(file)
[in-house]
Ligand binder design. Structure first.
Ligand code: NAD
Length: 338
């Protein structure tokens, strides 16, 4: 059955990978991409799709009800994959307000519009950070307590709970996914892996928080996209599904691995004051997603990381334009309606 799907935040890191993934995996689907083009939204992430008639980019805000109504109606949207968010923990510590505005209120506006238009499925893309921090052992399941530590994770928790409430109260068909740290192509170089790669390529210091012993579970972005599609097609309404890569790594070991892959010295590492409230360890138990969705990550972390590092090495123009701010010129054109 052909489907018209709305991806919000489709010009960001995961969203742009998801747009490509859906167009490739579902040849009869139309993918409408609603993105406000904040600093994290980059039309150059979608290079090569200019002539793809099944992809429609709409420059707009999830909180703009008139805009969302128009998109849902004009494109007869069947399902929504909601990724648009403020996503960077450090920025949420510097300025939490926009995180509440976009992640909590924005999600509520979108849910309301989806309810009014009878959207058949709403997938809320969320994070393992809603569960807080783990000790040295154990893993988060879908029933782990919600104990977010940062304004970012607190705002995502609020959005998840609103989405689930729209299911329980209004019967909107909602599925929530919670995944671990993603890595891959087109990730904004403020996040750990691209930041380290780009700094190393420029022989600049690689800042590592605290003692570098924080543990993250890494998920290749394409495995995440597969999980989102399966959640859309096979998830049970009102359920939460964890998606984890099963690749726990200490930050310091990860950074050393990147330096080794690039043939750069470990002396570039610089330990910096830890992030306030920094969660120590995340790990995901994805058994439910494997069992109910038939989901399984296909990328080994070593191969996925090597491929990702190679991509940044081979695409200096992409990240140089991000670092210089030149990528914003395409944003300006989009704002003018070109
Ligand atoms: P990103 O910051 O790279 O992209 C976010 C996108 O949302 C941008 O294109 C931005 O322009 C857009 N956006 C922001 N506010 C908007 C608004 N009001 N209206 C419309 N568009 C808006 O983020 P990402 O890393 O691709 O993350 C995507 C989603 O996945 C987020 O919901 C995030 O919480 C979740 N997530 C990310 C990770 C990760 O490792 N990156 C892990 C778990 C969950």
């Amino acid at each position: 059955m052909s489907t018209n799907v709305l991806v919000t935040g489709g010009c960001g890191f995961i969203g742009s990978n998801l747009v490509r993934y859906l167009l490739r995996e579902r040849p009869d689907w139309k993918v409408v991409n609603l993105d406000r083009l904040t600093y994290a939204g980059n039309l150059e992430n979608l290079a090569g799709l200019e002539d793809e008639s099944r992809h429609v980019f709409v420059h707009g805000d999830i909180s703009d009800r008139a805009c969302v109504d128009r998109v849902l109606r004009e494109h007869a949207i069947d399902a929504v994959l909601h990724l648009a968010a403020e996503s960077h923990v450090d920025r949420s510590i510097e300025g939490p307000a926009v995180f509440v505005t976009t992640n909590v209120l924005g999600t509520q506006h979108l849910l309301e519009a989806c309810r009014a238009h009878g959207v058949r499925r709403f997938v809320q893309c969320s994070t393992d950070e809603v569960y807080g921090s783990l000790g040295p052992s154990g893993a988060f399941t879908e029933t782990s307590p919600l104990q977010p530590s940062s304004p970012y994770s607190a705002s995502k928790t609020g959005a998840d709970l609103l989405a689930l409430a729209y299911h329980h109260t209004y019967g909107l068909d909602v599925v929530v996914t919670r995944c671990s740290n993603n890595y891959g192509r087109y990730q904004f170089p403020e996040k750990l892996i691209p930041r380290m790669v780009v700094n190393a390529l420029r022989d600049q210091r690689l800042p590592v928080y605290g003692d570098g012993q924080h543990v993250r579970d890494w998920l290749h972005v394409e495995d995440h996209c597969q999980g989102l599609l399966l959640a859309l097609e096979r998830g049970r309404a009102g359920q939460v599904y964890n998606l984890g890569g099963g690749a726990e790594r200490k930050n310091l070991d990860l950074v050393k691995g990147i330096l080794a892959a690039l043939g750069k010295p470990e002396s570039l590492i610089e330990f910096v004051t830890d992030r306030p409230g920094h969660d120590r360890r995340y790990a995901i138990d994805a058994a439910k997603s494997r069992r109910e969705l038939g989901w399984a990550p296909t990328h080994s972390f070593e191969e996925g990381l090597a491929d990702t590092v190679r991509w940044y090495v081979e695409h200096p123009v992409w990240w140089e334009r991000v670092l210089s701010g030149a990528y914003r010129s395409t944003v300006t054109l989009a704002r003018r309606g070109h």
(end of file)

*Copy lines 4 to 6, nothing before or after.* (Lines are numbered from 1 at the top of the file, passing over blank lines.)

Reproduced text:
Length: 338
């Protein structure tokens, strides 16, 4: 059955990978991409799709009800994959307000519009950070307590709970996914892996928080996209599904691995004051997603990381334009309606 799907935040890191993934995996689907083009939204992430008639980019805000109504109606949207968010923990510590505005209120506006238009499925893309921090052992399941530590994770928790409430109260068909740290192509170089790669390529210091012993579970972005599609097609309404890569790594070991892959010295590492409230360890138990969705990550972390590092090495123009701010010129054109 052909489907018209709305991806919000489709010009960001995961969203742009998801747009490509859906167009490739579902040849009869139309993918409408609603993105406000904040600093994290980059039309150059979608290079090569200019002539793809099944992809429609709409420059707009999830909180703009008139805009969302128009998109849902004009494109007869069947399902929504909601990724648009403020996503960077450090920025949420510097300025939490926009995180509440976009992640909590924005999600509520979108849910309301989806309810009014009878959207058949709403997938809320969320994070393992809603569960807080783990000790040295154990893993988060879908029933782990919600104990977010940062304004970012607190705002995502609020959005998840609103989405689930729209299911329980209004019967909107909602599925929530919670995944671990993603890595891959087109990730904004403020996040750990691209930041380290780009700094190393420029022989600049690689800042590592605290003692570098924080543990993250890494998920290749394409495995995440597969999980989102399966959640859309096979998830049970009102359920939460964890998606984890099963690749726990200490930050310091990860950074050393990147330096080794690039043939750069470990002396570039610089330990910096830890992030306030920094969660120590995340790990995901994805058994439910494997069992109910038939989901399984296909990328080994070593191969996925090597491929990702190679991509940044081979695409200096992409990240140089991000670092210089030149990528914003395409944003300006989009704002003018070109
Ligand atoms: P990103 O910051 O790279 O992209 C976010 C996108 O949302 C941008 O294109 C931005 O322009 C857009 N956006 C922001 N506010 C908007 C608004 N009001 N209206 C419309 N568009 C808006 O983020 P990402 O890393 O691709 O993350 C995507 C989603 O996945 C987020 O919901 C995030 O919480 C979740 N997530 C990310 C990770 C990760 O490792 N990156 C892990 C778990 C969950």